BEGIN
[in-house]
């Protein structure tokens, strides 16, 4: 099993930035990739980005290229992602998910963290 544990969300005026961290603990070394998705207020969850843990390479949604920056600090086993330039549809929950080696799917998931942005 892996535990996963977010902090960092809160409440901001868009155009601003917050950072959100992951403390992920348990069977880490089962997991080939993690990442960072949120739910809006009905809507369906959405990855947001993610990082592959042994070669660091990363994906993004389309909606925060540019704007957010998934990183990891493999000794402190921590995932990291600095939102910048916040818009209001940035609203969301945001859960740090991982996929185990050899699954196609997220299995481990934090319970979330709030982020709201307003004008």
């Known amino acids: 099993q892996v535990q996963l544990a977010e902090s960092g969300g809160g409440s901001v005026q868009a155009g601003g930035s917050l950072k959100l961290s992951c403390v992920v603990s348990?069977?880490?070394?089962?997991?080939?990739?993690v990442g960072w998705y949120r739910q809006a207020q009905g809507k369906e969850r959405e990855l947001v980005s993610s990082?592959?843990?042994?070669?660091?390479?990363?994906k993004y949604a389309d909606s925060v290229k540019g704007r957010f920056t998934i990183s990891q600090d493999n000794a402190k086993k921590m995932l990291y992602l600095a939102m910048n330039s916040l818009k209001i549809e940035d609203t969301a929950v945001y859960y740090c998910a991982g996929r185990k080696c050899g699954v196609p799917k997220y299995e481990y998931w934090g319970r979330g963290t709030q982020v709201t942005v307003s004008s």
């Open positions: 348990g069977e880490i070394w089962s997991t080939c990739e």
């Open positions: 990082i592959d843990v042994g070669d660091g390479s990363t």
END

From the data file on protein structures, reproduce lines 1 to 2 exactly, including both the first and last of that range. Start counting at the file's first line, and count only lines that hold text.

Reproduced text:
[in-house]
């Protein structure tokens, strides 16, 4: 099993930035990739980005290229992602998910963290 544990969300005026961290603990070394998705207020969850843990390479949604920056600090086993330039549809929950080696799917998931942005 892996535990996963977010902090960092809160409440901001868009155009601003917050950072959100992951403390992920348990069977880490089962997991080939993690990442960072949120739910809006009905809507369906959405990855947001993610990082592959042994070669660091990363994906993004389309909606925060540019704007957010998934990183990891493999000794402190921590995932990291600095939102910048916040818009209001940035609203969301945001859960740090991982996929185990050899699954196609997220299995481990934090319970979330709030982020709201307003004008």